I'm writing a small program for my Computing I class in which the program takes in a number of integers decided by the user and calculates the dot product. I was able to do it successfully using an iterative method, but now we also have to do it using recursion. My function to calculate dot product returns a wide range of incorrect numbers. Sometimes it will just return the value of double the product of the last two values in the arrays, when there were 4 other sets that didn't get added in. Other times, I'll have 2 arrays of 3 small numbers, and the value returned is in the 80 thousands. Here is the recursive function:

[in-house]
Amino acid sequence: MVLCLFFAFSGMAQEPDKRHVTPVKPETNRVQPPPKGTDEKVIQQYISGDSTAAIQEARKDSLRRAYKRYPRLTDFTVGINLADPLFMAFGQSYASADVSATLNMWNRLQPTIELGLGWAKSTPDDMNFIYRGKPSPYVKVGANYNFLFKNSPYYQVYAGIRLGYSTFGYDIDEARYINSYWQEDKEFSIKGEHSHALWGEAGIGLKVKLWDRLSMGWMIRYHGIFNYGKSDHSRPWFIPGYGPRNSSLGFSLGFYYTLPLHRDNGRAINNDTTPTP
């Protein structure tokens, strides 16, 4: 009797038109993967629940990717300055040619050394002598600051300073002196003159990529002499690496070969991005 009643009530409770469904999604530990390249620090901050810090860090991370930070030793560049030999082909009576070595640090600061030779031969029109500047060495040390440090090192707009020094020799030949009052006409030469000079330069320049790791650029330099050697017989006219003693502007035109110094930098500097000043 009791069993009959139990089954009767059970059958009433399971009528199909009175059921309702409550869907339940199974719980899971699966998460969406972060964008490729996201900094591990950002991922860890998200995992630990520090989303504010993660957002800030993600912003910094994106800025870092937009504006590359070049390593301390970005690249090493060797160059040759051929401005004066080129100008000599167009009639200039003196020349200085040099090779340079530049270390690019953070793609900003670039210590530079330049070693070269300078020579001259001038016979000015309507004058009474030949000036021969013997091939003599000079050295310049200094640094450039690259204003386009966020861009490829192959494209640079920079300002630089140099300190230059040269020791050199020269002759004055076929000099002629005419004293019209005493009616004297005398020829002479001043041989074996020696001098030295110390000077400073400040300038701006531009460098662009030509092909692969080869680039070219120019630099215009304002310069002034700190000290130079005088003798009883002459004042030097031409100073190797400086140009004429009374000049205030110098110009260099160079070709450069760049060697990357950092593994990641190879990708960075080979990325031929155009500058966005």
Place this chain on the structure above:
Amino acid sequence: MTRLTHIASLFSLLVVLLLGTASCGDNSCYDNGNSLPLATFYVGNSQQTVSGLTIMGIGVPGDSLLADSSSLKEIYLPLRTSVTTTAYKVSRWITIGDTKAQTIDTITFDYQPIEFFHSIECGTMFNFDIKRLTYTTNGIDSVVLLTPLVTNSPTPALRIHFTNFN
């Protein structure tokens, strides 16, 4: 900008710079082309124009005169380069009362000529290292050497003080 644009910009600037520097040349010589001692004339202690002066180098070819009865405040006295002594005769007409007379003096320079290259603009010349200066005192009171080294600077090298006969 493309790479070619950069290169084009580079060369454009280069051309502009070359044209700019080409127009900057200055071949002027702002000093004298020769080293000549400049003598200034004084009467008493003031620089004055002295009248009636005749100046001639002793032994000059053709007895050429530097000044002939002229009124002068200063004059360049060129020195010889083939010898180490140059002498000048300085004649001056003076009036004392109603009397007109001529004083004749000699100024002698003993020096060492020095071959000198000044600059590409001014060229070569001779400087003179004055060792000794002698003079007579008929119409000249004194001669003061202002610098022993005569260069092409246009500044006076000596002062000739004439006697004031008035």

```
//A and B are the arrays that will be dotted together, and n is number of
//elements in each array
int dotP( int *A, int *B, int n ) {
if( n==1 ) return A[0] * B[0] ;
return A[n-1] * B[n-1] + dotP( &A[n-1], &B[n-1], n-1);
}
```

`printf("A[0] = %d, B[0] = %d\n", A[0], B[0]);`

in the`if`

code, and`int dp = dotP(&A[n-1], &B[n-1], n-1); printf("A[%d] = %d, B[%d] = %d, DotProduct = %d\n", n-1, A[n-1], n-1, B[n-1], dp); return A[n-1] * B[n-1] + dp;`

for the 'else' part of the code. This would show you that things were going haywire. You might even have printed the arrays from element 0 to`n-1`

for good measure. This is the easiest way to debug if you don't have a debugger (and sometimes even if you have a debugger). – Jonathan Leffler Sep 24 '13 at 4:34